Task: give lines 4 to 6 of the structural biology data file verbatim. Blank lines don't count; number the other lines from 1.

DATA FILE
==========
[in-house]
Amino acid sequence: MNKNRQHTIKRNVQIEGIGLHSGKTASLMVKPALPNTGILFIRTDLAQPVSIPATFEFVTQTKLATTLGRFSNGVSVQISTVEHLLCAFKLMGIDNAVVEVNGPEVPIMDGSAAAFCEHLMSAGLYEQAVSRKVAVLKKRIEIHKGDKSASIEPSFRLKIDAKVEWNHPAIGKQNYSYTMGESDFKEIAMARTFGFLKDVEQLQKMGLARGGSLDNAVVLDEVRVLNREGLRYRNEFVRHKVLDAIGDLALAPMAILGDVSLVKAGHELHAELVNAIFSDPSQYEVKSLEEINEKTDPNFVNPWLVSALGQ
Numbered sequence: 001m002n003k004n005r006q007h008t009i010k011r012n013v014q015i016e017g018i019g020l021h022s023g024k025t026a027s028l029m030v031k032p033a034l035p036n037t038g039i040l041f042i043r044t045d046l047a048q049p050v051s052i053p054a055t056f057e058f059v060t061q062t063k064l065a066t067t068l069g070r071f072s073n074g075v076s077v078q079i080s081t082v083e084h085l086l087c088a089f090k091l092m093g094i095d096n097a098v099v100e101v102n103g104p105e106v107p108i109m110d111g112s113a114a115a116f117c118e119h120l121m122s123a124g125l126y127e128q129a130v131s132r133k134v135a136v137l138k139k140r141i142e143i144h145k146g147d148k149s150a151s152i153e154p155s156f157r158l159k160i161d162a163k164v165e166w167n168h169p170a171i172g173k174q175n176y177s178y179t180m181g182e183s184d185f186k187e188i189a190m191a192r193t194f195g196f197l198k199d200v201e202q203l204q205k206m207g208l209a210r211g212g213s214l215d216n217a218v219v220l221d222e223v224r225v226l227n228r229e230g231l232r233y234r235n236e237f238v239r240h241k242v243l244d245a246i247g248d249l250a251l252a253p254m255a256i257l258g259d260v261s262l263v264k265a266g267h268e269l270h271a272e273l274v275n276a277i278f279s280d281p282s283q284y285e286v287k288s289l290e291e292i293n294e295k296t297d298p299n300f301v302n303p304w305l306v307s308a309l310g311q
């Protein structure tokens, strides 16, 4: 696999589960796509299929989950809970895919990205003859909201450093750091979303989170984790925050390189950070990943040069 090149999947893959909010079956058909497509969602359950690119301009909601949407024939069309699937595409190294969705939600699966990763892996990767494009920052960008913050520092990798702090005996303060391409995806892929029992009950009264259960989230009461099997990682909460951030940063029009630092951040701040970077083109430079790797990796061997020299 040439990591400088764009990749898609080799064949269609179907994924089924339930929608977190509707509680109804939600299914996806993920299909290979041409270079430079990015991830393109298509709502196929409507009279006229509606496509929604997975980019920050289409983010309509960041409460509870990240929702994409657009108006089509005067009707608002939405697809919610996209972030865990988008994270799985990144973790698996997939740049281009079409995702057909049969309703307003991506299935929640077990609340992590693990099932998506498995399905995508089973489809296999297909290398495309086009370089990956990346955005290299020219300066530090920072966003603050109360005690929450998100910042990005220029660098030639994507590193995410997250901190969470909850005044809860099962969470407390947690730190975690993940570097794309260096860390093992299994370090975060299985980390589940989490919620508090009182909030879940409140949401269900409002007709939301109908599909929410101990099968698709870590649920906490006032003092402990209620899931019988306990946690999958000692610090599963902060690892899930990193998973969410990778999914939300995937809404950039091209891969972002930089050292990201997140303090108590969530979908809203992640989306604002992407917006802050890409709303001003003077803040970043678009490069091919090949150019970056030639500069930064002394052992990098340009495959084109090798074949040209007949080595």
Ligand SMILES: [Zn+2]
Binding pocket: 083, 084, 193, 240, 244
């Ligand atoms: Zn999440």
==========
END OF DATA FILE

């Protein structure tokens, strides 16, 4: 696999589960796509299929989950809970895919990205003859909201450093750091979303989170984790925050390189950070990943040069 090149999947893959909010079956058909497509969602359950690119301009909601949407024939069309699937595409190294969705939600699966990763892996990767494009920052960008913050520092990798702090005996303060391409995806892929029992009950009264259960989230009461099997990682909460951030940063029009630092951040701040970077083109430079790797990796061997020299 040439990591400088764009990749898609080799064949269609179907994924089924339930929608977190509707509680109804939600299914996806993920299909290979041409270079430079990015991830393109298509709502196929409507009279006229509606496509929604997975980019920050289409983010309509960041409460509870990240929702994409657009108006089509005067009707608002939405697809919610996209972030865990988008994270799985990144973790698996997939740049281009079409995702057909049969309703307003991506299935929640077990609340992590693990099932998506498995399905995508089973489809296999297909290398495309086009370089990956990346955005290299020219300066530090920072966003603050109360005690929450998100910042990005220029660098030639994507590193995410997250901190969470909850005044809860099962969470407390947690730190975690993940570097794309260096860390093992299994370090975060299985980390589940989490919620508090009182909030879940409140949401269900409002007709939301109908599909929410101990099968698709870590649920906490006032003092402990209620899931019988306990946690999958000692610090599963902060690892899930990193998973969410990778999914939300995937809404950039091209891969972002930089050292990201997140303090108590969530979908809203992640989306604002992407917006802050890409709303001003003077803040970043678009490069091919090949150019970056030639500069930064002394052992990098340009495959084109090798074949040209007949080595």
Ligand SMILES: [Zn+2]
Binding pocket: 083, 084, 193, 240, 244